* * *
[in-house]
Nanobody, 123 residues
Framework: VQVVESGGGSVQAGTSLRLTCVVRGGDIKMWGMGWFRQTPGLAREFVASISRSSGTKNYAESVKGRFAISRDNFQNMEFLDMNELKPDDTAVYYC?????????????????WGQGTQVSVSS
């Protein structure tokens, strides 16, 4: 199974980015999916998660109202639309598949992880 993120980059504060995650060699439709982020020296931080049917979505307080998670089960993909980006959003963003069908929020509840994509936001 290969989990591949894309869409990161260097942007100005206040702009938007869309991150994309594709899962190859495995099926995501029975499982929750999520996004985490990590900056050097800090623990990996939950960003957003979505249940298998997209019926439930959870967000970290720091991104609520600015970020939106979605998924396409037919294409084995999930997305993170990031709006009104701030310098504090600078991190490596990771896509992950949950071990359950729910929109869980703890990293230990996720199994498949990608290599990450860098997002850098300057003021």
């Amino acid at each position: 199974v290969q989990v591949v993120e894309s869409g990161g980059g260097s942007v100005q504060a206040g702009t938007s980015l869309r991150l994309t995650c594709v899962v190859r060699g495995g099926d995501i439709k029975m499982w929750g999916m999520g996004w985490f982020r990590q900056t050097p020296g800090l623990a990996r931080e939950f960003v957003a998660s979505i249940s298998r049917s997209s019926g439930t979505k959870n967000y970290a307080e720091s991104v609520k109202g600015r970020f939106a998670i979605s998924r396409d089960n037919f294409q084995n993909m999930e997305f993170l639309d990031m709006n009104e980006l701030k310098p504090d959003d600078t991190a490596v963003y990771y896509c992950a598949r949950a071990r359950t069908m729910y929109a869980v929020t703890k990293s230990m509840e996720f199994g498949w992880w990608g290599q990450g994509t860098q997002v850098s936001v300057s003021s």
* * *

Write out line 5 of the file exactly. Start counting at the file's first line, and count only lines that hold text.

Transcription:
């Amino acid at each position: 199974v290969q989990v591949v993120e894309s869409g990161g980059g260097s942007v100005q504060a206040g702009t938007s980015l869309r991150l994309t995650c594709v899962v190859r060699g495995g099926d995501i439709k029975m499982w929750g999916m999520g996004w985490f982020r990590q900056t050097p020296g800090l623990a990996r931080e939950f960003v957003a998660s979505i249940s298998r049917s997209s019926g439930t979505k959870n967000y970290a307080e720091s991104v609520k109202g600015r970020f939106a998670i979605s998924r396409d089960n037919f294409q084995n993909m999930e997305f993170l639309d990031m709006n009104e980006l701030k310098p504090d959003d600078t991190a490596v963003y990771y896509c992950a598949r949950a071990r359950t069908m729910y929109a869980v929020t703890k990293s230990m509840e996720f199994g498949w992880w990608g290599q990450g994509t860098q997002v850098s936001v300057s003021s």